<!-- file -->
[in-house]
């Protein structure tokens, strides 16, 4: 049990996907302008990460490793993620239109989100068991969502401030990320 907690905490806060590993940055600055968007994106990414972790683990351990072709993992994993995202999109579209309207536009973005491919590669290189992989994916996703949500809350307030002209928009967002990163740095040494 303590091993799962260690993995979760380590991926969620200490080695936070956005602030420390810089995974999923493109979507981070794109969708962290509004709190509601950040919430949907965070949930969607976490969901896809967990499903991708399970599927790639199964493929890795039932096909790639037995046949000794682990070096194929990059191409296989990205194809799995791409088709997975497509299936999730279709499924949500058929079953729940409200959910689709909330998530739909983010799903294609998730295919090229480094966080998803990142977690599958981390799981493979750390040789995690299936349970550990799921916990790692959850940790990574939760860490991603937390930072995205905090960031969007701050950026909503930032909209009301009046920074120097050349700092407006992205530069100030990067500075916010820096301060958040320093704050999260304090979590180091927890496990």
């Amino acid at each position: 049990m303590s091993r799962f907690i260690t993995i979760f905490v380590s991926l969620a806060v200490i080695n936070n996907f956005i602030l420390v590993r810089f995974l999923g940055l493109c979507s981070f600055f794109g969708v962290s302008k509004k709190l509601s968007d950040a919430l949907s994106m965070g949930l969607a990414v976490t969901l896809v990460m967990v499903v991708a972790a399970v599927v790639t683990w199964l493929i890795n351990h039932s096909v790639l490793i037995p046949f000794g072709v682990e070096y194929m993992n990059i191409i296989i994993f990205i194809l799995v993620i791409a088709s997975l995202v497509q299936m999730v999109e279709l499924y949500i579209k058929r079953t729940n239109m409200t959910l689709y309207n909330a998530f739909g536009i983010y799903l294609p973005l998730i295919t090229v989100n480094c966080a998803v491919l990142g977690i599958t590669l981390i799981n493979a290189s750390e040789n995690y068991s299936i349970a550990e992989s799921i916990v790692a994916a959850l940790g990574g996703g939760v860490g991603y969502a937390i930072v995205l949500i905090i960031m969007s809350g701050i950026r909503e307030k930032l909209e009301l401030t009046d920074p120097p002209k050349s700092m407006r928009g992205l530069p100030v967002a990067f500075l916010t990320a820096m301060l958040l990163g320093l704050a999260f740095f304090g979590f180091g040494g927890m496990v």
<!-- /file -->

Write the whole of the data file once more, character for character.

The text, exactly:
[in-house]
């Protein structure tokens, strides 16, 4: 049990996907302008990460490793993620239109989100068991969502401030990320 907690905490806060590993940055600055968007994106990414972790683990351990072709993992994993995202999109579209309207536009973005491919590669290189992989994916996703949500809350307030002209928009967002990163740095040494 303590091993799962260690993995979760380590991926969620200490080695936070956005602030420390810089995974999923493109979507981070794109969708962290509004709190509601950040919430949907965070949930969607976490969901896809967990499903991708399970599927790639199964493929890795039932096909790639037995046949000794682990070096194929990059191409296989990205194809799995791409088709997975497509299936999730279709499924949500058929079953729940409200959910689709909330998530739909983010799903294609998730295919090229480094966080998803990142977690599958981390799981493979750390040789995690299936349970550990799921916990790692959850940790990574939760860490991603937390930072995205905090960031969007701050950026909503930032909209009301009046920074120097050349700092407006992205530069100030990067500075916010820096301060958040320093704050999260304090979590180091927890496990």
């Amino acid at each position: 049990m303590s091993r799962f907690i260690t993995i979760f905490v380590s991926l969620a806060v200490i080695n936070n996907f956005i602030l420390v590993r810089f995974l999923g940055l493109c979507s981070f600055f794109g969708v962290s302008k509004k709190l509601s968007d950040a919430l949907s994106m965070g949930l969607a990414v976490t969901l896809v990460m967990v499903v991708a972790a399970v599927v790639t683990w199964l493929i890795n351990h039932s096909v790639l490793i037995p046949f000794g072709v682990e070096y194929m993992n990059i191409i296989i994993f990205i194809l799995v993620i791409a088709s997975l995202v497509q299936m999730v999109e279709l499924y949500i579209k058929r079953t729940n239109m409200t959910l689709y309207n909330a998530f739909g536009i983010y799903l294609p973005l998730i295919t090229v989100n480094c966080a998803v491919l990142g977690i599958t590669l981390i799981n493979a290189s750390e040789n995690y068991s299936i349970a550990e992989s799921i916990v790692a994916a959850l940790g990574g996703g939760v860490g991603y969502a937390i930072v995205l949500i905090i960031m969007s809350g701050i950026r909503e307030k930032l909209e009301l401030t009046d920074p120097p002209k050349s700092m407006r928009g992205l530069p100030v967002a990067f500075l916010t990320a820096m301060l958040l990163g320093l704050a999260f740095f304090g979590f180091g040494g927890m496990v």